By Ron Dutcher
Shipman’s was first a stationary store, but Asa Shipman was very quick to notice the genius behind Lewis Waterman’s channel feed fountain pen. He made a partnership with Waterman and lent him $6,000 and a space in his store so that Waterman could move out of the cigar store where he had been working. The deal soured quickly, and Waterman moved out and into his own office at 155 Broadway. However, Waterman was unable to repay Shipman right away, and under the deal Shipman was allowed to use Waterman’s patents to make and sell his own pens.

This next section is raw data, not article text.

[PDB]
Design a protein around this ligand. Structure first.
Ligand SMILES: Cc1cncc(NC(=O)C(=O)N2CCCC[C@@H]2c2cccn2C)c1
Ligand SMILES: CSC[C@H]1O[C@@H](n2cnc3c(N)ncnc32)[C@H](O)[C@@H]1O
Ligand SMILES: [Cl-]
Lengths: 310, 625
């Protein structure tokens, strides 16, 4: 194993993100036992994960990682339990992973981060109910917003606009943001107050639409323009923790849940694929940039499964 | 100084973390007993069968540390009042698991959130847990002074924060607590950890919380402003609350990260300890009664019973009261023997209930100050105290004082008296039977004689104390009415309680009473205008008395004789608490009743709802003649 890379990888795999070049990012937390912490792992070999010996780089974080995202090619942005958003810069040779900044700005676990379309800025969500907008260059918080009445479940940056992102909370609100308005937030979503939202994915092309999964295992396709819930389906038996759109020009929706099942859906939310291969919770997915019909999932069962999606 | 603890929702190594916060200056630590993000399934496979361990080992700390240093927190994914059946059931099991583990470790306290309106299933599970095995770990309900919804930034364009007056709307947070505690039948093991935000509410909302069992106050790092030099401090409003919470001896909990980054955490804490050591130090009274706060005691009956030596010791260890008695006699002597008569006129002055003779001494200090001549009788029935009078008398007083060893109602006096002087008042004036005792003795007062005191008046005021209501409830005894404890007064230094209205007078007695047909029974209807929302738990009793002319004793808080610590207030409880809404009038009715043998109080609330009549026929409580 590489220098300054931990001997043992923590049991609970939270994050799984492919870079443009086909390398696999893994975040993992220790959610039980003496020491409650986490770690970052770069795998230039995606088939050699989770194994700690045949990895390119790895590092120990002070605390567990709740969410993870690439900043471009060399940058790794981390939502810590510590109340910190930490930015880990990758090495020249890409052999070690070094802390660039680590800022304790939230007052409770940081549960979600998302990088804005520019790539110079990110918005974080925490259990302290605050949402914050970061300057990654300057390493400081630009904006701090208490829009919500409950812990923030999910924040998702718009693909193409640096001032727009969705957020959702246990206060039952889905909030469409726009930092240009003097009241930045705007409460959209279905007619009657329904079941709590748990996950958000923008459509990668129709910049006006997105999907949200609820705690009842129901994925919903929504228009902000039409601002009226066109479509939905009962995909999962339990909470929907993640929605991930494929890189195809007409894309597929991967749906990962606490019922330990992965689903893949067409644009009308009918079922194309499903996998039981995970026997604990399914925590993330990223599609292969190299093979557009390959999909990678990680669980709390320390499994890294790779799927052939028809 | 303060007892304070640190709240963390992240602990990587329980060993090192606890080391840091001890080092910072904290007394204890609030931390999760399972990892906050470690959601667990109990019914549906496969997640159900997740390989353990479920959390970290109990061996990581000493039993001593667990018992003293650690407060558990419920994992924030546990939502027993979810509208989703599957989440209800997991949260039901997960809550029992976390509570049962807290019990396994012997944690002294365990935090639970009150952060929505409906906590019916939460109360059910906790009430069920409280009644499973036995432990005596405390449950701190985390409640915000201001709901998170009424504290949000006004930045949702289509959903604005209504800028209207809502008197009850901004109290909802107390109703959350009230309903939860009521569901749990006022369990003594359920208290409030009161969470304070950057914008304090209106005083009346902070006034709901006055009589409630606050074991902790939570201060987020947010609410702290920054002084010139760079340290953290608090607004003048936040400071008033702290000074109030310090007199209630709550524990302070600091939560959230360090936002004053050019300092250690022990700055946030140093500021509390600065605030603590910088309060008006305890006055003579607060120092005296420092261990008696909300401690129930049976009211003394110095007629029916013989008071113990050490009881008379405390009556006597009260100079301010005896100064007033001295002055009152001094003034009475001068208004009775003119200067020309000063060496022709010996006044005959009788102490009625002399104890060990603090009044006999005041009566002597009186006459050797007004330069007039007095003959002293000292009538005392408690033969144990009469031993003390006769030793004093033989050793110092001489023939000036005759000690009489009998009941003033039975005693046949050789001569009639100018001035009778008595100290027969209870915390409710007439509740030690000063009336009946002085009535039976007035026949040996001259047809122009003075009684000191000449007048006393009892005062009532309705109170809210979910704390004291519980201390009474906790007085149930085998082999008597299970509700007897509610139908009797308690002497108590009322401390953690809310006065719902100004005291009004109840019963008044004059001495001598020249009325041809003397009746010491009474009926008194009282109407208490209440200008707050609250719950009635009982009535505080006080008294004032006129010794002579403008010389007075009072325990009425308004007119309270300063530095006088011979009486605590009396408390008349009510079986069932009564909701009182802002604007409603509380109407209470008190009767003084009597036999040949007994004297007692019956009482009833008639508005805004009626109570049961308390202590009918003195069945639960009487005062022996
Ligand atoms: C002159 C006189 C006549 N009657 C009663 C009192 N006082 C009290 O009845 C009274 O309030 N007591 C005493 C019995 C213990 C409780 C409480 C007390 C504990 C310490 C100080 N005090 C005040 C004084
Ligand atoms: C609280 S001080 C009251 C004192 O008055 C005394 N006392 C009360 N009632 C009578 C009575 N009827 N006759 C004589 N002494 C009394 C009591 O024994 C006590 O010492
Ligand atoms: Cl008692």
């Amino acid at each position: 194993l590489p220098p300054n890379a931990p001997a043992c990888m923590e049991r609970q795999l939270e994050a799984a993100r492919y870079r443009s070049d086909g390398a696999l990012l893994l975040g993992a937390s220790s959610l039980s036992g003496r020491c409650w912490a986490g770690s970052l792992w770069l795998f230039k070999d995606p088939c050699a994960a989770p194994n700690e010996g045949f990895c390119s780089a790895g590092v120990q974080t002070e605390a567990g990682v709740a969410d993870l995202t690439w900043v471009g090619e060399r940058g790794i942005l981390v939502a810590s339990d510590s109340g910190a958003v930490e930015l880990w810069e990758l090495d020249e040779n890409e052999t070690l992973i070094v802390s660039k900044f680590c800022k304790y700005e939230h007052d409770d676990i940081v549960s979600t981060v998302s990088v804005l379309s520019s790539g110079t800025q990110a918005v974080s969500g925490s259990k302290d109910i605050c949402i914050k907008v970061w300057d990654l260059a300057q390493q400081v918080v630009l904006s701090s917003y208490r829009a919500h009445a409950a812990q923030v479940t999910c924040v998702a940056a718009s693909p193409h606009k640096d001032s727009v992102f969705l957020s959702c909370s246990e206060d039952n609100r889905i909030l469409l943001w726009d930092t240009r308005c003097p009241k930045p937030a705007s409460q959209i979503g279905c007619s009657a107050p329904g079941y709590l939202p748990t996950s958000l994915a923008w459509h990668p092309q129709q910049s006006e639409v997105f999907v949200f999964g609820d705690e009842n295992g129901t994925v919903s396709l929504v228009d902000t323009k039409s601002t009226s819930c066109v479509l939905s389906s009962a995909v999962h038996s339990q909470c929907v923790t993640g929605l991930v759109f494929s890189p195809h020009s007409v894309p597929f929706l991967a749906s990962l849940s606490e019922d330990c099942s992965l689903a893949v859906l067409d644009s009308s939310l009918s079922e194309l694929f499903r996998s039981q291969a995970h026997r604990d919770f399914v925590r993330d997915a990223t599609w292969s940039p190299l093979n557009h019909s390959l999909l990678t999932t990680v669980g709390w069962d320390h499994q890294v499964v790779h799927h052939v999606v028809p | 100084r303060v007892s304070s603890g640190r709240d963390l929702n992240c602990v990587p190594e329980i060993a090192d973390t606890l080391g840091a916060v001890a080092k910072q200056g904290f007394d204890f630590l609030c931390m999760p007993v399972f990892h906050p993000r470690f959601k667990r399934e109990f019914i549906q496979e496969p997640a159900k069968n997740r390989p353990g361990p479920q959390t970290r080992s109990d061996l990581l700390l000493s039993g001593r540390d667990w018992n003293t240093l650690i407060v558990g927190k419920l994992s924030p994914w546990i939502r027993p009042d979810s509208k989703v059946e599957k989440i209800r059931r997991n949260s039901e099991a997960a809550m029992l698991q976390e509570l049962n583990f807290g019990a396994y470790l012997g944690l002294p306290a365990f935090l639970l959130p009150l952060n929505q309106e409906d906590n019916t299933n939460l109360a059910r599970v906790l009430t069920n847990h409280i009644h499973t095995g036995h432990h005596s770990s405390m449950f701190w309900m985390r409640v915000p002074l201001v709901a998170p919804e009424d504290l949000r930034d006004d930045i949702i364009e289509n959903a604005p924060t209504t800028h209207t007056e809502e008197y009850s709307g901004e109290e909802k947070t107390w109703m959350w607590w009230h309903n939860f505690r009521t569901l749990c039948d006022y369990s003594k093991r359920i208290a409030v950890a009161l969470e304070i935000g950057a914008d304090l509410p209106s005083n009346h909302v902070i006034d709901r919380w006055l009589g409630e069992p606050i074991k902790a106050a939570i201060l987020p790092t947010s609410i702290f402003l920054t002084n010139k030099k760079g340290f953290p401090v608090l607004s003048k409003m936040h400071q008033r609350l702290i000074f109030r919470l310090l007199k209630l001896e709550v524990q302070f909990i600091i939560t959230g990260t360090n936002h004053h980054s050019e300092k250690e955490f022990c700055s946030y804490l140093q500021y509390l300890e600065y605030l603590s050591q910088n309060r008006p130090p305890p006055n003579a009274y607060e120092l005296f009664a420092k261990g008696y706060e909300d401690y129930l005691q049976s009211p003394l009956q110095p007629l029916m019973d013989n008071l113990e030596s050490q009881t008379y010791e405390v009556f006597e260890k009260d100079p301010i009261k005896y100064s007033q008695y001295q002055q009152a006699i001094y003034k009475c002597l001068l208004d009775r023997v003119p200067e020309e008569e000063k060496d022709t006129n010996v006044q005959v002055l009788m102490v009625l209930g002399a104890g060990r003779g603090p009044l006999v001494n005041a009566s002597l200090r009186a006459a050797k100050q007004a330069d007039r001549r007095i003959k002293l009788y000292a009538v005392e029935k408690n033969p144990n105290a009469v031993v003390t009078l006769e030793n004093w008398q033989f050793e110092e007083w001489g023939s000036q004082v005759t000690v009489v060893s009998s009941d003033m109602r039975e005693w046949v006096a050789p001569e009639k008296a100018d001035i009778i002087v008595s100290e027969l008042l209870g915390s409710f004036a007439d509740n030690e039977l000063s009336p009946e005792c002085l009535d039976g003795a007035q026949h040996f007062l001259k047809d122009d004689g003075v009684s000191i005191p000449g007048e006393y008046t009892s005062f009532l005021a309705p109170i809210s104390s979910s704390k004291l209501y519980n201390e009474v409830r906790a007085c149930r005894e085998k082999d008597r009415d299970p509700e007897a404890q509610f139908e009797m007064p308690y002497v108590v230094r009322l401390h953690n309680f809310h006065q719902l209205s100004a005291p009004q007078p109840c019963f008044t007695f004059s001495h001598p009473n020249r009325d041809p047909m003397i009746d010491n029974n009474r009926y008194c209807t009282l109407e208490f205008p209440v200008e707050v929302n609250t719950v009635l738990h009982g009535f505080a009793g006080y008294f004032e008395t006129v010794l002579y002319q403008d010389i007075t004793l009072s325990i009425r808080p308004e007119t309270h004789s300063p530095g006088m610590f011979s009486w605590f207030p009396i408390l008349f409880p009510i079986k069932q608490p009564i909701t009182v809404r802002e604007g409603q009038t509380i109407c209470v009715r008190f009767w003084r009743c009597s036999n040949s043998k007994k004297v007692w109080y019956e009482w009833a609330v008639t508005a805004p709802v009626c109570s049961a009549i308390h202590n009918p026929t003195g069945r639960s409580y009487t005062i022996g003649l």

This article is part of the Manhattan Pen Makers Project, originated by Ron L. Dutcher. Except for typographical corrections, the text is as Ron published it. Ron wanted to include photos of advertisements or pens from each maker; he had some photos, but the gallery was far from complete. Photos here are a mixture of what Ron had and what I have been able to add from my own photo library. As with other reference articles on this site, you should not take this information as absolutely authoritative or complete.